Roon on NUC10i7FNH

Slowly getting closer and closer to stable system…

Changed my Asus router to a Netgear and the Roon remote on my iPad is stable now, thanks to all of you who helped me out!

If I understand it right when the wheel in Roon is spinning Roon is working, correct?

The attached picture shows the activity level on my NUC10i7 and Roon remote, is anything wrong with my system looking at the computer resources used?

This usually means that Roon is analysing your local music files, either adding files to the library or doing audio analysis; see this kb article. The latter can be very processor intensive, so best practice is to let it run its course before attempting some serious listening. Or, as the article says, give Roon permission to use all the resources it can to get through the task first before starting to use the library.

As you might be able to see on the photo the wheel is not spinning.
Does it mean that Roon has done all the analysis?

Sorry, are you referring to the circular arrow icon on the top left of the screen? This one:


That’s not the “spinning wheel icon” that indicates that Roon is working on the Library. That’s the “Refresh” icon - used to refresh the currently displayed page. It’s useful, for example on the “Discover” page, where using it will generate a new page of suggestions from Roon for discovering music in your Library.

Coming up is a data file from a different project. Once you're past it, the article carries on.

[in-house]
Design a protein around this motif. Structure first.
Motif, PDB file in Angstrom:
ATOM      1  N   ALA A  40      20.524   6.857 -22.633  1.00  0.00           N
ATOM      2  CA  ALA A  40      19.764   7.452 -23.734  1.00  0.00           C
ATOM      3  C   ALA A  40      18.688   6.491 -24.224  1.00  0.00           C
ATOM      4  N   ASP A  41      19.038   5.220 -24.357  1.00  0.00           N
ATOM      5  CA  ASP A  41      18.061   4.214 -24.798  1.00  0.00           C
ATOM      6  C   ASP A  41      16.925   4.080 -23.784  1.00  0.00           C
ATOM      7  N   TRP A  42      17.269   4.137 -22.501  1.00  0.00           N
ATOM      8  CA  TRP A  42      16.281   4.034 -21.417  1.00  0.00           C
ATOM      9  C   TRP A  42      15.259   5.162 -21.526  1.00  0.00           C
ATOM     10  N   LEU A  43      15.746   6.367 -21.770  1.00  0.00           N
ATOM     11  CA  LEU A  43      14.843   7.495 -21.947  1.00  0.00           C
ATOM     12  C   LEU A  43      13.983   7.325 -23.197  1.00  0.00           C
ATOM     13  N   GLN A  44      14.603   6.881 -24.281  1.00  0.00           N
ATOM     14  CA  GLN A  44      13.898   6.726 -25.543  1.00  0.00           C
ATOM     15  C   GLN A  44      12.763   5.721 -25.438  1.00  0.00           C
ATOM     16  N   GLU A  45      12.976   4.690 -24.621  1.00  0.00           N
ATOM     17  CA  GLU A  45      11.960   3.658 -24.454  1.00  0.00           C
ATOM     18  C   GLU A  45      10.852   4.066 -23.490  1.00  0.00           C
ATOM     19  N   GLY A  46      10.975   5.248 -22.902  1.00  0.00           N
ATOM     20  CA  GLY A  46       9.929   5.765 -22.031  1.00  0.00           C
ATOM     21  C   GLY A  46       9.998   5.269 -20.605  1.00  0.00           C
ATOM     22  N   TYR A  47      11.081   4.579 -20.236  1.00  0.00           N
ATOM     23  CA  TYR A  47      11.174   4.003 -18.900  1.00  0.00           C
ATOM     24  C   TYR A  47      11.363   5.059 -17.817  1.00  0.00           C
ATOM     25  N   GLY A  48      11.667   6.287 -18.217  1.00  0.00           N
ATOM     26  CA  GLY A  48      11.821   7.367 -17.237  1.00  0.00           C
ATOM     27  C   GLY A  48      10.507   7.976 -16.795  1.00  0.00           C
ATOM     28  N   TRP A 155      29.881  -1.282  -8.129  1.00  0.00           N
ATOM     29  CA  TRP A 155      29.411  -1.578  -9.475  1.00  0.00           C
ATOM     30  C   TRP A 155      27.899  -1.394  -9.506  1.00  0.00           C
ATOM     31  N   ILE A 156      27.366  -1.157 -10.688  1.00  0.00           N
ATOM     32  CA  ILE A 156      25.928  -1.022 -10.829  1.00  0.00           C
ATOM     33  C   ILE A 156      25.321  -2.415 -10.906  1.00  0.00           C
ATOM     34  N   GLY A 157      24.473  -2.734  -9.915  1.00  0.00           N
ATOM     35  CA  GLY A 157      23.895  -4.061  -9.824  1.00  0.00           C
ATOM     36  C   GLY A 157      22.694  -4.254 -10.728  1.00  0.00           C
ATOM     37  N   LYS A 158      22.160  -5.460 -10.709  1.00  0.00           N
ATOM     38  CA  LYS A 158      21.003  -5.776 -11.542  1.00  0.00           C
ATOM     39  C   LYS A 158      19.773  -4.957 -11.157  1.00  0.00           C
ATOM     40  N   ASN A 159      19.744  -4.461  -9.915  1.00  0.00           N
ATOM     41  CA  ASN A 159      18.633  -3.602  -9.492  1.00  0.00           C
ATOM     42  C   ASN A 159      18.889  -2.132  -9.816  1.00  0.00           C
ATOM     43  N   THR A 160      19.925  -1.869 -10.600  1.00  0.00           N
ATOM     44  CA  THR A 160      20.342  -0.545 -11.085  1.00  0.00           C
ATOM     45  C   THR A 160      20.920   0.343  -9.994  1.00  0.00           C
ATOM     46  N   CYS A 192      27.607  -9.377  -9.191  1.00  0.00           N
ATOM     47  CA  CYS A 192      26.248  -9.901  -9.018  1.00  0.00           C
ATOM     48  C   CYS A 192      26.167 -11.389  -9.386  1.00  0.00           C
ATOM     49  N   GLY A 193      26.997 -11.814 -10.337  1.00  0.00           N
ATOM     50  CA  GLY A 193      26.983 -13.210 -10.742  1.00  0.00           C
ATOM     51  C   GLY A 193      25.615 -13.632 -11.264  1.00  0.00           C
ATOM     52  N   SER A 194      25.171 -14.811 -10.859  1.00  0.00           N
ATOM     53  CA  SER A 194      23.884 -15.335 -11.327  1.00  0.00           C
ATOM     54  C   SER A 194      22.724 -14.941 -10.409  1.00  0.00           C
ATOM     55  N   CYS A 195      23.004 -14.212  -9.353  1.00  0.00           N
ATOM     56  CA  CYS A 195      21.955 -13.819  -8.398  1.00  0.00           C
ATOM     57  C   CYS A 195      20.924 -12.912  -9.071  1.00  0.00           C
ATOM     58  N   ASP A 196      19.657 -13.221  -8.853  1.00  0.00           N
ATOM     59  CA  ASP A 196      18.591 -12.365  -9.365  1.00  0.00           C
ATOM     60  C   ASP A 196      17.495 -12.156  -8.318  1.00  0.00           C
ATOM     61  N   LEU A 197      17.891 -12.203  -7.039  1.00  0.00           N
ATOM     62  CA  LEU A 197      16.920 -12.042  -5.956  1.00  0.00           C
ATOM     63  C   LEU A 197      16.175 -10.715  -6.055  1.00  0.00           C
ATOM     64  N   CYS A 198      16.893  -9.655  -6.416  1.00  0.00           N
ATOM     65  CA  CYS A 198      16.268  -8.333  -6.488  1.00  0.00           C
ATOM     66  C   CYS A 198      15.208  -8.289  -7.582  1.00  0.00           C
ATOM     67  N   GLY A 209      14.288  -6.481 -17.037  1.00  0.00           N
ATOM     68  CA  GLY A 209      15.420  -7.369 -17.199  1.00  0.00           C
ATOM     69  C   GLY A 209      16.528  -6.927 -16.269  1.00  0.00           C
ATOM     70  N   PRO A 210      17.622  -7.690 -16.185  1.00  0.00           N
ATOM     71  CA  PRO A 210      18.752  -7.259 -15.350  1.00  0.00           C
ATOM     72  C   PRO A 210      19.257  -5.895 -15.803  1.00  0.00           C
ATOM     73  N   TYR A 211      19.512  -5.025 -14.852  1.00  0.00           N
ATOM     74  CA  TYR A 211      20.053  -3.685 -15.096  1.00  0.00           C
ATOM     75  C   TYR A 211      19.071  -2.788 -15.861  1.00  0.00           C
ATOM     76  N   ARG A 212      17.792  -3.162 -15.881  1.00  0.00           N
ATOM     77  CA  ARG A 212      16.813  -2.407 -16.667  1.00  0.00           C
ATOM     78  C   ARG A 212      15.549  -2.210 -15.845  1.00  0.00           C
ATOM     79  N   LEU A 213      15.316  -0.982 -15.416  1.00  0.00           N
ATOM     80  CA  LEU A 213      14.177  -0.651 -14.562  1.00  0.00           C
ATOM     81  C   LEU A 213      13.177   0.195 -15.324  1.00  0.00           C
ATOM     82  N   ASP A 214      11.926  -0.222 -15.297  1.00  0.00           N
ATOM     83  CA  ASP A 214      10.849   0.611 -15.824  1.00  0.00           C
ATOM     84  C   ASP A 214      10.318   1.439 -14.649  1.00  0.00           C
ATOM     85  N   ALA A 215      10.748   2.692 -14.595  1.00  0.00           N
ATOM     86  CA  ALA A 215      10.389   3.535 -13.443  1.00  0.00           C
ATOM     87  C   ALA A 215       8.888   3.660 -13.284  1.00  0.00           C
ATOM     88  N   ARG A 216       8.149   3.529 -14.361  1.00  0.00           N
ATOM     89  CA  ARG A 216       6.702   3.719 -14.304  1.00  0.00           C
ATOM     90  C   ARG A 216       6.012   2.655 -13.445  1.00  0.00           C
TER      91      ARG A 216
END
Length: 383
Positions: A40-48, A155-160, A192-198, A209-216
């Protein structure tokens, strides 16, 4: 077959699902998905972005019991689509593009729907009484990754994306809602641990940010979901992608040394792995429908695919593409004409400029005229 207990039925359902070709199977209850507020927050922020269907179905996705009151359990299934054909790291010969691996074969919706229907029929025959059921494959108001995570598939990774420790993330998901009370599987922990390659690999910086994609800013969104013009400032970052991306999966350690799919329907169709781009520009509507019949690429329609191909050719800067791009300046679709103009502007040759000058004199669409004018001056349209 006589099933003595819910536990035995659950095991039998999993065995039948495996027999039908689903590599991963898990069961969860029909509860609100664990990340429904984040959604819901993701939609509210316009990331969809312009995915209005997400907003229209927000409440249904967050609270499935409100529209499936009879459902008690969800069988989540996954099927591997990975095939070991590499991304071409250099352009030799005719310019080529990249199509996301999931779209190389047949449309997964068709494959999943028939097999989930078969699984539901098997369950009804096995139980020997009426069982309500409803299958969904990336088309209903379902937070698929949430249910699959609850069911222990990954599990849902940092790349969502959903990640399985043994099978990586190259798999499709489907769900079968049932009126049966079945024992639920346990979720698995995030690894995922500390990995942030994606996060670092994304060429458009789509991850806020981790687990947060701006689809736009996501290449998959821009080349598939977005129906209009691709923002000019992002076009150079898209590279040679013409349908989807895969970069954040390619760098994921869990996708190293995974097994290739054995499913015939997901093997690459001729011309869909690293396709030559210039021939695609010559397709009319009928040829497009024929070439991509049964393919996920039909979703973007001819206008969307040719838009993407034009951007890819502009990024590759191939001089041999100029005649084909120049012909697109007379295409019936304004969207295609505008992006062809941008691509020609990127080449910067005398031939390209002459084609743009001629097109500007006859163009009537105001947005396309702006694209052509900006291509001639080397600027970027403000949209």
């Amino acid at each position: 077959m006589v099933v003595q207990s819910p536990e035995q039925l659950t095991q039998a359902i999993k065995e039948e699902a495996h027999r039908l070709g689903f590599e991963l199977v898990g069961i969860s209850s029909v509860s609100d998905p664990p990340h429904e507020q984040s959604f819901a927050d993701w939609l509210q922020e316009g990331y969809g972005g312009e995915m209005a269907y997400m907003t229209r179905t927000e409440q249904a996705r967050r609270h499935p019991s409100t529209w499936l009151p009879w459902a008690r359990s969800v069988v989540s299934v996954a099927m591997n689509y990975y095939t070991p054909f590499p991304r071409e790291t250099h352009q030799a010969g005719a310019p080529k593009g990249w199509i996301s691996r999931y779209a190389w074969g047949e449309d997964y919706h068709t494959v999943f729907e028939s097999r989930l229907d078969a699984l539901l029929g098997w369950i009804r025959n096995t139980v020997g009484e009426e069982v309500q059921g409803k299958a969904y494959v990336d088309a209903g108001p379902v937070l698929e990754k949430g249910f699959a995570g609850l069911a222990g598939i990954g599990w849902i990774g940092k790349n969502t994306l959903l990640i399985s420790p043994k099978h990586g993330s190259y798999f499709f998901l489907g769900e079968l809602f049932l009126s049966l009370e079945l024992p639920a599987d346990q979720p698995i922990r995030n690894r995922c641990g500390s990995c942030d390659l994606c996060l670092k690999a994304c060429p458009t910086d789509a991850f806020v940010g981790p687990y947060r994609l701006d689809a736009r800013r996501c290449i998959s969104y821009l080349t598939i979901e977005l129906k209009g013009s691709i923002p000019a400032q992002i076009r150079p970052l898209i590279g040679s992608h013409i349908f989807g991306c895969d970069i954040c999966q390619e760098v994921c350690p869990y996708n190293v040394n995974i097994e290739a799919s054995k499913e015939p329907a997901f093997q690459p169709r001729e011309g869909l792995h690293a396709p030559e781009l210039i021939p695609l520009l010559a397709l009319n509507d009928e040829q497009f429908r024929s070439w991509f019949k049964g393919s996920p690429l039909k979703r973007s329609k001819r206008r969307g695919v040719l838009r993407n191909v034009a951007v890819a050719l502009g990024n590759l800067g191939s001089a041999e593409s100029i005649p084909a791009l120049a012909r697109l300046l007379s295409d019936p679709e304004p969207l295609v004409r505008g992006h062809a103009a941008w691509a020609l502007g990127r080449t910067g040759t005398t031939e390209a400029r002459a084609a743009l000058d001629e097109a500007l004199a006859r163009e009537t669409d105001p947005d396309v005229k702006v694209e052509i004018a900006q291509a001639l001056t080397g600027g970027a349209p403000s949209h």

The “spinning wheel icon” lives on the opposite side of the screen, next to the Bookmark and Search icons. It only appears if Roon is working on the Library.


Just to be clear, is your screenshot showing the Task Manager activity of the PC where the Roon Core is running, or just the activity of running the Roon client window? If it’s the latter, then 30% CPU usage is high for simply running the Roon client (the user interface and control component of Roon). On my Windows systems running the Roon client, the figure is rarely more than a few %.

If it’s where the Roon Core is running, then this figure may be OK - but I haven’t run a Core on Windows for years now, so I couldn’t say for sure. Perhaps someone else could answer this…